“They took copies of the Book of the Law of the Lord and traveled around through all the towns of Judah, teaching the people (v. 17).” Wow. Did this verse ever jump off the page at me today. I hope as a writer, it hit you smack in the face, too. I hope, also, that you envisioned how those copies of the Book of the Law of the Lord got made, too! If you didn’t, you should imagine it now. Cool, huh? All those dudes hunched over sheepskins reading and transcribing from the the Book of the Law of the Lord by candlelight. Maybe your daydream was different, but the point is, the copies got made somehow, and Gutenberg hadn’t arrived on the scene yet. So, most likely, the copies were written out by hand, one by one, by a few (most likely) guys who could a) read and b) write. I’m not going to pretend that I know what the literacy rates were for the general population back in the day of King Jehoshaphat, but I’m betting they weren’t stellar, which is another reason why the priests had to physically go out, with the copies, and teach the people what the copies said. I mean, obviously, they couldn’t make copies for everyone anyway, but I’m wondering how many people could have read them if they did. (I’m drifting into thoughts about what a huge impact Gutenberg made on the world. Thoughts for later! Now back to the priests!)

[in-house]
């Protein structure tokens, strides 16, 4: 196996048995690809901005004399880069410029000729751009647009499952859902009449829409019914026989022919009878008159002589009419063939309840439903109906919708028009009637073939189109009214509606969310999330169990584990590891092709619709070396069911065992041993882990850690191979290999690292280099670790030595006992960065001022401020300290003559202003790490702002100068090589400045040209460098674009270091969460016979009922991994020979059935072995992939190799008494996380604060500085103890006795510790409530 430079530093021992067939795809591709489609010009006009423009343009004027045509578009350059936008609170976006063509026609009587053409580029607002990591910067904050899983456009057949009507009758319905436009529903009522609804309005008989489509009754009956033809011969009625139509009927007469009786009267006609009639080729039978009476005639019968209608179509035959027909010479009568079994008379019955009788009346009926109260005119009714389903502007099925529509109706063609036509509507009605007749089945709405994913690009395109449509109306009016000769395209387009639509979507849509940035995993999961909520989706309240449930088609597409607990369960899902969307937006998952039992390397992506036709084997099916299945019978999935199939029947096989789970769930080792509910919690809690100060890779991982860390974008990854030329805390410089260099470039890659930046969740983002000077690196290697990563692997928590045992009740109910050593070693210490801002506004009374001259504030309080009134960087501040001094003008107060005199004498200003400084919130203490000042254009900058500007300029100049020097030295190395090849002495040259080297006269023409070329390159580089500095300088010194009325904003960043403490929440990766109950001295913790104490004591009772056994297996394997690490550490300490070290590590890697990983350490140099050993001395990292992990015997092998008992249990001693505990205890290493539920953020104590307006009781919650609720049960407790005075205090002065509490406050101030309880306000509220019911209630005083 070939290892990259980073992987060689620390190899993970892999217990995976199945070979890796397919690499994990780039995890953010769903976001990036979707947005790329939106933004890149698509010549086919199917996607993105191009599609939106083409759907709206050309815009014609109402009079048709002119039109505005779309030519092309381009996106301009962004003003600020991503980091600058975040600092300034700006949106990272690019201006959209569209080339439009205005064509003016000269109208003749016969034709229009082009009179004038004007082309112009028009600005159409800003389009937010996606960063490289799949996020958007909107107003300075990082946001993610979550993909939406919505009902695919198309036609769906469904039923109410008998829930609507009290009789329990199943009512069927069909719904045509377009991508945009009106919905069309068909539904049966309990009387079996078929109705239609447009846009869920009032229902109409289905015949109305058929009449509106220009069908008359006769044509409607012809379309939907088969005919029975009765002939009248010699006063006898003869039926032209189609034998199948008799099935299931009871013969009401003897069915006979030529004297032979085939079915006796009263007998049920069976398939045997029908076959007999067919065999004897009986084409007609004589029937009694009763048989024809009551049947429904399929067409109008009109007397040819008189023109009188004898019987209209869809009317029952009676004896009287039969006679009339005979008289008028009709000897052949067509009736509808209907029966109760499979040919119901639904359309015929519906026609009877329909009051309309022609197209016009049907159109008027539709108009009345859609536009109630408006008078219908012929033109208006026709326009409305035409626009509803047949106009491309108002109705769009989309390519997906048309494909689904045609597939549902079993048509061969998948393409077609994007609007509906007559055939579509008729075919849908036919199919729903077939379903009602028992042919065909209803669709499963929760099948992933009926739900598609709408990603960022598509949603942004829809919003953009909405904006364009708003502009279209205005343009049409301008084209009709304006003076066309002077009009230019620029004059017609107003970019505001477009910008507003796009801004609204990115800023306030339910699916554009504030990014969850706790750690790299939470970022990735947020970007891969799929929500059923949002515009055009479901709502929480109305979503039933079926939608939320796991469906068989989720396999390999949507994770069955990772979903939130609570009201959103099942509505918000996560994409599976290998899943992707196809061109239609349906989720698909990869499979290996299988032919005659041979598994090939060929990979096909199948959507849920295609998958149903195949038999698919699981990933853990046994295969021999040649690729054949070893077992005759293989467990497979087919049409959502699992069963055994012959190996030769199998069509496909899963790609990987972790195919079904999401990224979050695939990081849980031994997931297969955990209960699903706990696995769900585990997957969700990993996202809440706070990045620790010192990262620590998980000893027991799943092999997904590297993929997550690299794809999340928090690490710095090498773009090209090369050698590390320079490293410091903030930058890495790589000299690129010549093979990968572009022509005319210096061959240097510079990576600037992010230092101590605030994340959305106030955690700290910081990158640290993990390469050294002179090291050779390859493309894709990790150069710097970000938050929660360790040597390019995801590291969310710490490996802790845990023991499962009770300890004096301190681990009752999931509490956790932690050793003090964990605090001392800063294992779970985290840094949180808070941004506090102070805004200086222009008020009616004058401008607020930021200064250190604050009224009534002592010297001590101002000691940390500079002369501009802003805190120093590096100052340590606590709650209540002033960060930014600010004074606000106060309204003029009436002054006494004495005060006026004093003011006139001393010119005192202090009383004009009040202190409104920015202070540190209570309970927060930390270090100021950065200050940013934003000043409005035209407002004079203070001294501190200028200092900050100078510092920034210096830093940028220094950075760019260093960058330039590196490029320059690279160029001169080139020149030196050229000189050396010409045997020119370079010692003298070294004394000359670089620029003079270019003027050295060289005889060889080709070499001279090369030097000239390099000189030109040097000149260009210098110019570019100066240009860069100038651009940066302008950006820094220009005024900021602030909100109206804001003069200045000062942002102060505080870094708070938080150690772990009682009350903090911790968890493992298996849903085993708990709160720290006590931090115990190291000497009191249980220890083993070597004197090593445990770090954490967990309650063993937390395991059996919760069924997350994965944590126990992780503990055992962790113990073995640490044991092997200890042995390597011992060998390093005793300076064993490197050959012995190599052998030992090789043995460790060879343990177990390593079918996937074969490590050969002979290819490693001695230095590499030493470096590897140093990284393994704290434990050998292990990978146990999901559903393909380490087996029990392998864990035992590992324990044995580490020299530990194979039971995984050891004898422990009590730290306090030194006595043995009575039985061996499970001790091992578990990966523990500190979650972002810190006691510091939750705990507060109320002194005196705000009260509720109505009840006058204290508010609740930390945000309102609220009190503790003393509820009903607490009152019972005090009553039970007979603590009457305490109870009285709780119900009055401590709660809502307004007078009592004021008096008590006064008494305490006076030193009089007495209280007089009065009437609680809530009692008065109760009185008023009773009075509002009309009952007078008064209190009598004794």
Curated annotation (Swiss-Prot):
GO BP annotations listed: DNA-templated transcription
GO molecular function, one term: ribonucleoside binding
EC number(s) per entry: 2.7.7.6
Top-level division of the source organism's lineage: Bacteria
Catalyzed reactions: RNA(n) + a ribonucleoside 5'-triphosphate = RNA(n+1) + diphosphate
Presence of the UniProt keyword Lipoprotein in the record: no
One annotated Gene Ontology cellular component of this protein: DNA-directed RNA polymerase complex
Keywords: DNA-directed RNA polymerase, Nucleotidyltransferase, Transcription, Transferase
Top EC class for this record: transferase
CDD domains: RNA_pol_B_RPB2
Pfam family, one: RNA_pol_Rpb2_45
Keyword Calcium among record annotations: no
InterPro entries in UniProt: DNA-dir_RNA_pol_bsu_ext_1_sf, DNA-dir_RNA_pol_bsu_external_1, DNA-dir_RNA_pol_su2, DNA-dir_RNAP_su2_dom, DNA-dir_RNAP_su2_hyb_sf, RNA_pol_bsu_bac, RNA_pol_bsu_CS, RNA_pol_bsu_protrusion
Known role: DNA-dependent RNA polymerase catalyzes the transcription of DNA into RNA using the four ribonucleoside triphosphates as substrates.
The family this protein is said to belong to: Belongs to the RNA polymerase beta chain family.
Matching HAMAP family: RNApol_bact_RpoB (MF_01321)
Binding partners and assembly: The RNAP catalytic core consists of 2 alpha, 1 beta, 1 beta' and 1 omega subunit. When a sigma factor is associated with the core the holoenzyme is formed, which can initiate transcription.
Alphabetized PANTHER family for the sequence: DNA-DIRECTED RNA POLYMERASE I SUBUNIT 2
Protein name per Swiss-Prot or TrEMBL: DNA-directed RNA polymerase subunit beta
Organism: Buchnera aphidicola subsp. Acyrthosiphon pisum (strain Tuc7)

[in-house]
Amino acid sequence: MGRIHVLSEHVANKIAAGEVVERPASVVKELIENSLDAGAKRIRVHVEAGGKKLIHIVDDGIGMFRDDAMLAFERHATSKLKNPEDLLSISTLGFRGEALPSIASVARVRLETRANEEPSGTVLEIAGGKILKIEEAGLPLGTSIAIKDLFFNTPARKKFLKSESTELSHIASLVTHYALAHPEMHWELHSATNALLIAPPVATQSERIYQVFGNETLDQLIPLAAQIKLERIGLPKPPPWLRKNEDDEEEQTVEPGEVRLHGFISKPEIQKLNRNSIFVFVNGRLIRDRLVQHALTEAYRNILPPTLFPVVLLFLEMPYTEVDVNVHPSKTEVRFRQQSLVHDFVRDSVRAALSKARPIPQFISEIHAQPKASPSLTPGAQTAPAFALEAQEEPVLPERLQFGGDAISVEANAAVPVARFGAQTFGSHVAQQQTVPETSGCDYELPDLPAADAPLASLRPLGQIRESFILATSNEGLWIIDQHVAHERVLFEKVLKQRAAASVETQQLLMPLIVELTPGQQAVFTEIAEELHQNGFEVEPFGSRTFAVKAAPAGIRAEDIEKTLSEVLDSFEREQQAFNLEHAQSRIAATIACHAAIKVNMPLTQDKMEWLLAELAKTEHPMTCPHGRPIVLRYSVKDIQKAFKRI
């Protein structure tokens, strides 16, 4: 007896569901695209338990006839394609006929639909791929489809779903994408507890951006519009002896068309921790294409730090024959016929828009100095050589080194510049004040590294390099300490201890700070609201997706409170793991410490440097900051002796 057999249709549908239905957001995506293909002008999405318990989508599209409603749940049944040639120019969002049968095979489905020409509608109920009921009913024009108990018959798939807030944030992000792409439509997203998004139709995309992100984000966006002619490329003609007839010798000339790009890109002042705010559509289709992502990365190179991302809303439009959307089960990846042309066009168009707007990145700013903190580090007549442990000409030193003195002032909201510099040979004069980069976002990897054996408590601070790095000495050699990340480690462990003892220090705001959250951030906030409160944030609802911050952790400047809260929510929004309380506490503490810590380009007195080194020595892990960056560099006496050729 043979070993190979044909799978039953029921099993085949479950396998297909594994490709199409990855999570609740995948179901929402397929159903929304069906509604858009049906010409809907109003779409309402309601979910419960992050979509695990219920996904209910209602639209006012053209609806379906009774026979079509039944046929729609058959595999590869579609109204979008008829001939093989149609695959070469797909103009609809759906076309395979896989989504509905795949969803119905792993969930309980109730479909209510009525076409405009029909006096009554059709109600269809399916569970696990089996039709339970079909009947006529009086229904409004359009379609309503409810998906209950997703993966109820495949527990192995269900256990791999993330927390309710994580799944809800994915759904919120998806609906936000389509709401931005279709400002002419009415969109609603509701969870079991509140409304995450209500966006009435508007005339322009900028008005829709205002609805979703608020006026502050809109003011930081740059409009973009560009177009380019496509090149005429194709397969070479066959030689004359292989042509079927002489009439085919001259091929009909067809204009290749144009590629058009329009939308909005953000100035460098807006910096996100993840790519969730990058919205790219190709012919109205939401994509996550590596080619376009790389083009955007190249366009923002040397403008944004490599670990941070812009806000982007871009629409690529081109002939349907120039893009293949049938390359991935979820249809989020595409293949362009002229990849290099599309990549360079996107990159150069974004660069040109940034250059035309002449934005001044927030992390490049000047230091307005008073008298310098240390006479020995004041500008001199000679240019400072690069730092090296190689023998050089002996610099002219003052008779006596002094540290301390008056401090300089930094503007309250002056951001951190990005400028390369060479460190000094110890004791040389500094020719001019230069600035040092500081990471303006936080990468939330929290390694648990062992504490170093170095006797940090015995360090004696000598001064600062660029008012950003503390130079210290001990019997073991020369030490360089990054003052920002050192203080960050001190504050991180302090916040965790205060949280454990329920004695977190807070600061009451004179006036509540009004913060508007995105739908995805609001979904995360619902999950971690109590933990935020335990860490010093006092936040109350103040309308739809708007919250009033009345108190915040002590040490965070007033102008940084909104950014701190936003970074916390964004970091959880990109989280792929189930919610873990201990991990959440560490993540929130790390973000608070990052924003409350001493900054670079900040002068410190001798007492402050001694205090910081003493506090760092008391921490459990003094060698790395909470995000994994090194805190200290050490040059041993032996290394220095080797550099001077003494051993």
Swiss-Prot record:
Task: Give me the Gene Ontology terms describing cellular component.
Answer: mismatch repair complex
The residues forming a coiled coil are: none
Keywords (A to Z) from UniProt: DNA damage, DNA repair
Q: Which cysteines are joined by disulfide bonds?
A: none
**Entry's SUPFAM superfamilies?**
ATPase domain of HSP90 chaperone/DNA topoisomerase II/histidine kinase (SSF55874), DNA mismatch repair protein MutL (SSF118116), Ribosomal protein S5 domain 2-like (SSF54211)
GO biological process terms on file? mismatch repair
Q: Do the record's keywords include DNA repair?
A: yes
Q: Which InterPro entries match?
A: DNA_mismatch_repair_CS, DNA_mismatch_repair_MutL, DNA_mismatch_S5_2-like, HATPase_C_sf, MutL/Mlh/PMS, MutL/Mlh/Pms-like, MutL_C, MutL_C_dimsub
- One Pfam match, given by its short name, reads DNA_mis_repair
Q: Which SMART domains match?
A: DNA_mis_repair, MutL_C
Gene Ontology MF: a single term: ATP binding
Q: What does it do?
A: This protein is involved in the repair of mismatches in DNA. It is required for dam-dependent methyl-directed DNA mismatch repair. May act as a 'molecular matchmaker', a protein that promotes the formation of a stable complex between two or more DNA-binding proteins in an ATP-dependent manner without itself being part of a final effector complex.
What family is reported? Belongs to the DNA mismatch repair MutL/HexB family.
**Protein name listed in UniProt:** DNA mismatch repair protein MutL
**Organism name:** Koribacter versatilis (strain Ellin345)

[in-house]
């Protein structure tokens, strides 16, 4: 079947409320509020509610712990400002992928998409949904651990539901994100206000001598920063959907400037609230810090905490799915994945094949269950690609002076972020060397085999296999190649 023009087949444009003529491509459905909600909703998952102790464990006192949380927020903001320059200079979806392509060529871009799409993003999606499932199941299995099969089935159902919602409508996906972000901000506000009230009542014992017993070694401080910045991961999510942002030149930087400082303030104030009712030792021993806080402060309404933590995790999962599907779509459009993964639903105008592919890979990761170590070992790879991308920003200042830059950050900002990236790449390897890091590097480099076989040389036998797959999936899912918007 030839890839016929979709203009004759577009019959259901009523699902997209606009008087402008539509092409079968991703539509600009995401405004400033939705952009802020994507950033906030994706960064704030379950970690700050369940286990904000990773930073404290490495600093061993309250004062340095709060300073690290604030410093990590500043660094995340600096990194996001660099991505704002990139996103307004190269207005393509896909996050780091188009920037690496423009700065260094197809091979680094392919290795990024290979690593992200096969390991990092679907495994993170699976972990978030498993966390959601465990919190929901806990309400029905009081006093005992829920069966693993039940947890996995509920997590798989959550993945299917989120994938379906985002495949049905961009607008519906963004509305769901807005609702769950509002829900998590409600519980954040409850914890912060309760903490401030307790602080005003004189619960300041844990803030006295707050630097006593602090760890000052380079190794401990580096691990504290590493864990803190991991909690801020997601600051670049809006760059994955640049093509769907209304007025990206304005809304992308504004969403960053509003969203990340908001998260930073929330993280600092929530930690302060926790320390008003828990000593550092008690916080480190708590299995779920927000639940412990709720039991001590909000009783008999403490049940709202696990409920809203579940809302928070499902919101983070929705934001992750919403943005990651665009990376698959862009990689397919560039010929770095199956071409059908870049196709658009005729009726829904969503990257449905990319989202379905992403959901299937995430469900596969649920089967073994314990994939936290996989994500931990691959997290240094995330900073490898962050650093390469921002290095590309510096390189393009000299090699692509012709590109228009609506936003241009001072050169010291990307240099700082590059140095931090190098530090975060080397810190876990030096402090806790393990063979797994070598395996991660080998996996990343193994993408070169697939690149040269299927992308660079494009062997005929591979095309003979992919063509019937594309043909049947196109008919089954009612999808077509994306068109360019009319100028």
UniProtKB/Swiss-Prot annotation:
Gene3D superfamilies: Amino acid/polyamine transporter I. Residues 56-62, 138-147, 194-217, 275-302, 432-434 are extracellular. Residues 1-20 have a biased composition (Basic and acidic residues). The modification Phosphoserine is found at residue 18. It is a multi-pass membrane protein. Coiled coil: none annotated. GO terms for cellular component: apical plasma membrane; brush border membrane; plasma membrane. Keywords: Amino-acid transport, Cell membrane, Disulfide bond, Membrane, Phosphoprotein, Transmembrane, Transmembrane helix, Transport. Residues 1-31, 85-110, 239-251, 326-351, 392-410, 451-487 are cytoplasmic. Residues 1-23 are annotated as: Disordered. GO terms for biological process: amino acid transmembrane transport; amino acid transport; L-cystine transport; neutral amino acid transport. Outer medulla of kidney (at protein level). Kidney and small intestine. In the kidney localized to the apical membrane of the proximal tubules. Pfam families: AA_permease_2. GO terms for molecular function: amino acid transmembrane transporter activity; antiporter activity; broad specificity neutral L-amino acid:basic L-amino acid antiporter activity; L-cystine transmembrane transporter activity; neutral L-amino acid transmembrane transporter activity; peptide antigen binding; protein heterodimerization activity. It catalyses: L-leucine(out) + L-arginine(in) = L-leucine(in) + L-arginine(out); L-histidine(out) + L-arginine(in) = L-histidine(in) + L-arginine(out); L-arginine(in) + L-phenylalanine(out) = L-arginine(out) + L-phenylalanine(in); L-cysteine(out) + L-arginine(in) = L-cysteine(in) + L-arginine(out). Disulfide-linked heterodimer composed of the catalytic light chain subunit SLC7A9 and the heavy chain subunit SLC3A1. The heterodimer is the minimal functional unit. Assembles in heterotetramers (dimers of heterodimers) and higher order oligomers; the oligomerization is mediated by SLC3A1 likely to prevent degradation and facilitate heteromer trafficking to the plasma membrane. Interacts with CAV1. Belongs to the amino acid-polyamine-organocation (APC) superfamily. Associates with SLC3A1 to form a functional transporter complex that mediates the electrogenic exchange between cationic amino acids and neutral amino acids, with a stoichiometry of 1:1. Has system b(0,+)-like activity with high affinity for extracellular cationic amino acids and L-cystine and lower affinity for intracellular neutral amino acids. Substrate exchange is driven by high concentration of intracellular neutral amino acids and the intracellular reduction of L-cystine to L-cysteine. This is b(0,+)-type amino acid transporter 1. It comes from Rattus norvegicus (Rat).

Another thing I am noticing about this book is that it gives a few more details about the kings of Judah than we got in the books of 1 and 2 Kings. Those books seemed to focus more heavily on the kings of Israel. So, while Ezra is recapping a lot of things we learned from previous readings, he also is adding in lots of details we didn’t get before. I love how history is piling onto history. These stories give so much depth to books that have reputations for being boring and hard to understand. Quite the contrary when you get into the nitty-gritty of them, huh?
Writing prompt: ascribe
Write an uplifting message to someone today and mail it to that person (or send it in an email or direct message or whatever). Think about how nice it is to get actual mail, though, and consider going the extra mile to make someone smile. (Ha. I’m a poet and didn’t even know it!)